Did Gitmo detainee lawyers help plan mass suicide?

By

Buried in the New York Times (but at least it showed up there) is information suggesting that lawyers for the Gitmo detainess may have helped them to coordinate suicides, resulting in a worldwide firestorm over alleged abuse of the poor darlings. Such assistance would be a major abuse of attorney—client privilege, if it could be proved in court

Another set of notes marked privileged and "potentially authored by at least two of the deceased detainees" were found in the cell of a living detainee, according to court documents. One detainee also used envelopes marked attorney—client that were found to hold government documents that investigators said might have been classified.

Because all three of the men who died had never been visited by attorneys, government lawyers said the evidence "indicated the passing of materials and messages between detainees and that some level of planning or coordination of the suicides had taken place."

In an affidavit, Admiral Harris said the evidence suggested that "the suicides may have been part of a larger plan or pact for more suicides that day or in the immediate future."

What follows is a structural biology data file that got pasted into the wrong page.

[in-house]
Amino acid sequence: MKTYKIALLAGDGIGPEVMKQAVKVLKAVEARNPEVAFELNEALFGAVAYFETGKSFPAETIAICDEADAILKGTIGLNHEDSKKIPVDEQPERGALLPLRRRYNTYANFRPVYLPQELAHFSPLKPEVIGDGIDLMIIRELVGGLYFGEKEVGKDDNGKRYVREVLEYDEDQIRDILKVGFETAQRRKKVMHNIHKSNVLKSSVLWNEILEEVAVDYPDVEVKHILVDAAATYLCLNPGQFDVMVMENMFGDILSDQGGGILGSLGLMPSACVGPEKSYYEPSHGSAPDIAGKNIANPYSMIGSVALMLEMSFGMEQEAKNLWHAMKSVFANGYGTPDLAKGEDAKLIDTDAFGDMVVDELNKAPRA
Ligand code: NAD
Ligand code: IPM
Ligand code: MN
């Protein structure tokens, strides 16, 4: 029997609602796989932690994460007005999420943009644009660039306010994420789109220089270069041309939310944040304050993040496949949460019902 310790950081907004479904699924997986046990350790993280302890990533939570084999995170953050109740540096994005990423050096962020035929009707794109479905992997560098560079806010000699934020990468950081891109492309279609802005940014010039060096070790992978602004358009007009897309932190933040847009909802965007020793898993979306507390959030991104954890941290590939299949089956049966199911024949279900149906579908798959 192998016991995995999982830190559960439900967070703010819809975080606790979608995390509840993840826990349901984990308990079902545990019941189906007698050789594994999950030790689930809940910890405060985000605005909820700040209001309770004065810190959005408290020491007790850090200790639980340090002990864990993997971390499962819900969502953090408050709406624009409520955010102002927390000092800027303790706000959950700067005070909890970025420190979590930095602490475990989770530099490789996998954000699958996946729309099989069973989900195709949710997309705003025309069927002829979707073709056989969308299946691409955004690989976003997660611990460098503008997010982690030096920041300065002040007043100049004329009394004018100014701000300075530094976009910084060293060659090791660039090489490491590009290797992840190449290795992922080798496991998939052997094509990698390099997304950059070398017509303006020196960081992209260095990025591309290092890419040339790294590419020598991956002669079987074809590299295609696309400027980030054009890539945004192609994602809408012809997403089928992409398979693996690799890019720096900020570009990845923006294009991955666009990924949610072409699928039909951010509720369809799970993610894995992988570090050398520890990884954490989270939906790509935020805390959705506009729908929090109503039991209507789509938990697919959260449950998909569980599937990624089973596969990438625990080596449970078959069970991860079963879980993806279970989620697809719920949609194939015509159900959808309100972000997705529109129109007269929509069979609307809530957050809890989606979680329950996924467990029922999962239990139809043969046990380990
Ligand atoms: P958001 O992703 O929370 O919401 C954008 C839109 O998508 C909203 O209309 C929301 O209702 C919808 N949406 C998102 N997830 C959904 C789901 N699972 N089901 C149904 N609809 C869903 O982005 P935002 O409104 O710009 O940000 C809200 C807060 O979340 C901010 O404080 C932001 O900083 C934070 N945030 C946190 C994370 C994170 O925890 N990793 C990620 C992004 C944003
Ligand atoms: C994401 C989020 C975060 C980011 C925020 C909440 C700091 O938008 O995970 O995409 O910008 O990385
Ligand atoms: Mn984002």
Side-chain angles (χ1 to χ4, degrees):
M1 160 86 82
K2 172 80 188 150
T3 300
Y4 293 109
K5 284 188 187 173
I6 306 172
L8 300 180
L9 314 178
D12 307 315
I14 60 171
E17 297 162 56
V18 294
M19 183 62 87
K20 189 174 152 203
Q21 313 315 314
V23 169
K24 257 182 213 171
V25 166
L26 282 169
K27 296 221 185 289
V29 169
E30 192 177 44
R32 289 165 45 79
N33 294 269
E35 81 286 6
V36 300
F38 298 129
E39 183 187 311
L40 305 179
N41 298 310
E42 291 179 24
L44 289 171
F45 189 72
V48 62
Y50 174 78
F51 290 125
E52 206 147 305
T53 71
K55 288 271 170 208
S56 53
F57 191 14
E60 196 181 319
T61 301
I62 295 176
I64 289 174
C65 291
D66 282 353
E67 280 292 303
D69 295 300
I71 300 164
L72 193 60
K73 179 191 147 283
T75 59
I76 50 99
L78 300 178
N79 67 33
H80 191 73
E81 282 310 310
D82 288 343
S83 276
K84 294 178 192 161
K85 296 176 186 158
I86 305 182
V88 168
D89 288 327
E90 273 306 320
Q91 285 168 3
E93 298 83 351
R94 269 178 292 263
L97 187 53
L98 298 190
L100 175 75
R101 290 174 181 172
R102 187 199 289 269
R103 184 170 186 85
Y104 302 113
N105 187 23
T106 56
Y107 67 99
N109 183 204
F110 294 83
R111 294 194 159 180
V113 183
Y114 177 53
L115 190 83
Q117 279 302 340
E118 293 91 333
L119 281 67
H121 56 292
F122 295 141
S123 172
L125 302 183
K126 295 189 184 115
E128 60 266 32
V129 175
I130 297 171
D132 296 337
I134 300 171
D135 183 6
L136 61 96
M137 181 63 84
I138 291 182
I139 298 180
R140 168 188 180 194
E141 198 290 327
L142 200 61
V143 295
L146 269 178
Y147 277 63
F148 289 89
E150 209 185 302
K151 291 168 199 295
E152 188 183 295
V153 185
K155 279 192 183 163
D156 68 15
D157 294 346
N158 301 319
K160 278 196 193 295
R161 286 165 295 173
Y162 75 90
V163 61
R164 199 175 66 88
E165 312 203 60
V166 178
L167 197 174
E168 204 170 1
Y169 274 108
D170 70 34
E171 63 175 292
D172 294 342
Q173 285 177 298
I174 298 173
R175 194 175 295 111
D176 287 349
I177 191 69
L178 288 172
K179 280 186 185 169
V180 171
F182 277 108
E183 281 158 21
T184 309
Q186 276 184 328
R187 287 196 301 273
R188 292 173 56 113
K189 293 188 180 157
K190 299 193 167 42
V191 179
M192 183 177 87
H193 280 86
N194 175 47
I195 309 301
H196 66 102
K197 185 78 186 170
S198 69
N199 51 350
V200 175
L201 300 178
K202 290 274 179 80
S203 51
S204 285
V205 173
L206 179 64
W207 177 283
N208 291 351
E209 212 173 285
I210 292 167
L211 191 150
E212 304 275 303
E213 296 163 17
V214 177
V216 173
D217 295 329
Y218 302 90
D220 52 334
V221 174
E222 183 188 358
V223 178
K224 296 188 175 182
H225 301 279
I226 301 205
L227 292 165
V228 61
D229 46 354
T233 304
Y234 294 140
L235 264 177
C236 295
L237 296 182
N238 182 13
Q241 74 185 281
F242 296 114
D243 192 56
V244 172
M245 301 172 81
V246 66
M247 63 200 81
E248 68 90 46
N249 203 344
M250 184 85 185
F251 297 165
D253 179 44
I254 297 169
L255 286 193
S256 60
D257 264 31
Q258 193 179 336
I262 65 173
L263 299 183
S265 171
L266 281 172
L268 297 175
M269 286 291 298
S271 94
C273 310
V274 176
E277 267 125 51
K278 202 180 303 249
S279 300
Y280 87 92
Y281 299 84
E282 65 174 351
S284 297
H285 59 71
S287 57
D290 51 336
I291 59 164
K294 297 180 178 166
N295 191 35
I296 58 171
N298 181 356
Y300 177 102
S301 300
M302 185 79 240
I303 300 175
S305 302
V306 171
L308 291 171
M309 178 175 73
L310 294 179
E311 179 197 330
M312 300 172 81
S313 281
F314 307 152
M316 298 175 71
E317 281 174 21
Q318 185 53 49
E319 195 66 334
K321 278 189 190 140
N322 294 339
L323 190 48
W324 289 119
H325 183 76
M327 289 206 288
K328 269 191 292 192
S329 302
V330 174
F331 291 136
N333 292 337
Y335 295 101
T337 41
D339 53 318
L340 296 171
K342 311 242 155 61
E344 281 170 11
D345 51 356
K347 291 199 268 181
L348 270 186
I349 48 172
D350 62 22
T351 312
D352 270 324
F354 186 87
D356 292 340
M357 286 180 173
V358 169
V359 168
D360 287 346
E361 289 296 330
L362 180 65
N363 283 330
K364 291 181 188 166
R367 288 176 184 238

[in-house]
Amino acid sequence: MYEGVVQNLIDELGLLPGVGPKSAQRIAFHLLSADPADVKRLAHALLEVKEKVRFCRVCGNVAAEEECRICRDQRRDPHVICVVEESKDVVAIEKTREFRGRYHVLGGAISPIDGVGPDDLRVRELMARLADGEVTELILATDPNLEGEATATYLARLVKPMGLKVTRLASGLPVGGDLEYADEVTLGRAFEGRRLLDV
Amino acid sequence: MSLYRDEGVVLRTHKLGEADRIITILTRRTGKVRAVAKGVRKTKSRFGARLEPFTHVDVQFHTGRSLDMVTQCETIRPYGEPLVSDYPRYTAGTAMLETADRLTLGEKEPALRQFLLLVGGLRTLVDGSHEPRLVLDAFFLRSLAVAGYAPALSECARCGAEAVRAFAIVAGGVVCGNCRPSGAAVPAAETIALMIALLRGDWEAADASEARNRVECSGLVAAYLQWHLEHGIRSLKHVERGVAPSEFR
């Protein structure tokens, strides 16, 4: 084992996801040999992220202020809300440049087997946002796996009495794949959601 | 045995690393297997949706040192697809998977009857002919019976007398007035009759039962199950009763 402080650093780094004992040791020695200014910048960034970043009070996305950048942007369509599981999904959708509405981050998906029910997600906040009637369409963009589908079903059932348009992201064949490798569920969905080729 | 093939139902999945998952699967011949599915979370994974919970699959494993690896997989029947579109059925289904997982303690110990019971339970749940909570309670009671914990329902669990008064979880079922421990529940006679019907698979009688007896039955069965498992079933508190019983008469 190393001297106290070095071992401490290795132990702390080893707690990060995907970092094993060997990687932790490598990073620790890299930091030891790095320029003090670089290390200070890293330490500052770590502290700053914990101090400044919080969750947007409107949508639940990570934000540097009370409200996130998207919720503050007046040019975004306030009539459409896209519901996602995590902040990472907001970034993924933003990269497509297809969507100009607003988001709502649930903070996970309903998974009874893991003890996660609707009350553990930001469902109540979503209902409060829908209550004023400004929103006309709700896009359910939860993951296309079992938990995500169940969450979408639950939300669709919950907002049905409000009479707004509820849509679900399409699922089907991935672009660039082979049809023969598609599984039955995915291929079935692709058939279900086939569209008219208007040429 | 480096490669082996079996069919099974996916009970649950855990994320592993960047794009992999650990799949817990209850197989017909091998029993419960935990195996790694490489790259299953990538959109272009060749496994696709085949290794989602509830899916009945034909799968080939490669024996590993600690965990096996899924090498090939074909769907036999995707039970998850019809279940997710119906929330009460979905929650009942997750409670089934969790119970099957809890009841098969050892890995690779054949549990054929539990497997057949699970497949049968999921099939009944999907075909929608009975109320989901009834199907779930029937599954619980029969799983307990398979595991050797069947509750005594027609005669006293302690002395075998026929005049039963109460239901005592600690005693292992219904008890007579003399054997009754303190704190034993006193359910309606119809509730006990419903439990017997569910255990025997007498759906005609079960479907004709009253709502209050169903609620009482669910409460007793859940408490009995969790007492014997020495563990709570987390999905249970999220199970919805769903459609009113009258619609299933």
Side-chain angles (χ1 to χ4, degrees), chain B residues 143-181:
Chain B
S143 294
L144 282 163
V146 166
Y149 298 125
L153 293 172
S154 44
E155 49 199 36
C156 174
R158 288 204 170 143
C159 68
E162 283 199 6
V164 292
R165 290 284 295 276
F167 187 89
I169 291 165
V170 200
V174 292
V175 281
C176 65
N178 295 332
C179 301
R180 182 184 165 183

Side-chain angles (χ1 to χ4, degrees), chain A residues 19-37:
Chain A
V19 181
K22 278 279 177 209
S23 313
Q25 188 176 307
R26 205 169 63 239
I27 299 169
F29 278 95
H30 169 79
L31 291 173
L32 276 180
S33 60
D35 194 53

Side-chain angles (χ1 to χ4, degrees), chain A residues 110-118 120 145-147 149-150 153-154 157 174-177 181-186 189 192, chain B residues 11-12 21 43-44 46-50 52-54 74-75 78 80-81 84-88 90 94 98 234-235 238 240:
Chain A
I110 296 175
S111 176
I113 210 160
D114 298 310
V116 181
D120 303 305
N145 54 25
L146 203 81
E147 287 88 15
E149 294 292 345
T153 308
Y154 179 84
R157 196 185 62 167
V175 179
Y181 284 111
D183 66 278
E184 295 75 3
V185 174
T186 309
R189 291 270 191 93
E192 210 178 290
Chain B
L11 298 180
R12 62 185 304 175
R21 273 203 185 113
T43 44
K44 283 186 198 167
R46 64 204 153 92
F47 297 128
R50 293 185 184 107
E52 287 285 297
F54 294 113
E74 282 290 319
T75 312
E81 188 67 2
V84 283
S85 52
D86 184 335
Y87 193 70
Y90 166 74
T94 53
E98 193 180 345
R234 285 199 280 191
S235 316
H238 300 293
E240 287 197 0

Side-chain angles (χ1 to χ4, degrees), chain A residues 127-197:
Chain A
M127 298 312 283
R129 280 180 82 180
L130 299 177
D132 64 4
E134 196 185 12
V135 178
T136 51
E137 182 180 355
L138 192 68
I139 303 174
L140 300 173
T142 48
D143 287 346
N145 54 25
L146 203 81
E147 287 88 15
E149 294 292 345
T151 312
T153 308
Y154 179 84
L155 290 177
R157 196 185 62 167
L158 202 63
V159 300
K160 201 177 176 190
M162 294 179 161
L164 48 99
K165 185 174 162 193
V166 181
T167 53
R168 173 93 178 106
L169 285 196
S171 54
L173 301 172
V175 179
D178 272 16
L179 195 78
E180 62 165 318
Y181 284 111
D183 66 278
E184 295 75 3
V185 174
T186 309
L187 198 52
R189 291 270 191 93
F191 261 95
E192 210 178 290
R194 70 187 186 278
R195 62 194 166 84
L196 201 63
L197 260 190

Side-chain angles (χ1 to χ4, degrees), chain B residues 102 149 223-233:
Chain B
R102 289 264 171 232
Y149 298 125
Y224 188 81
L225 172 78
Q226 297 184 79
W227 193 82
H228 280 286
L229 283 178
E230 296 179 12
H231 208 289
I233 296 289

He also raised the possibility that detainees' lawyers or others might have played a role in passing the notes, asking investigators to search for evidence of a plot assisted by "third parties."

Ed Lasky  7 10 06

Buried in the New York Times (but at least it showed up there) is information suggesting that lawyers for the Gitmo detainess may have helped them to coordinate suicides, resulting in a worldwide firestorm over alleged abuse of the poor darlings. Such assistance would be a major abuse of attorney—client privilege, if it could be proved in court

Another set of notes marked privileged and "potentially authored by at least two of the deceased detainees" were found in the cell of a living detainee, according to court documents. One detainee also used envelopes marked attorney—client that were found to hold government documents that investigators said might have been classified.

Because all three of the men who died had never been visited by attorneys, government lawyers said the evidence "indicated the passing of materials and messages between detainees and that some level of planning or coordination of the suicides had taken place."

In an affidavit, Admiral Harris said the evidence suggested that "the suicides may have been part of a larger plan or pact for more suicides that day or in the immediate future."

He also raised the possibility that detainees' lawyers or others might have played a role in passing the notes, asking investigators to search for evidence of a plot assisted by "third parties."

Ed Lasky  7 10 06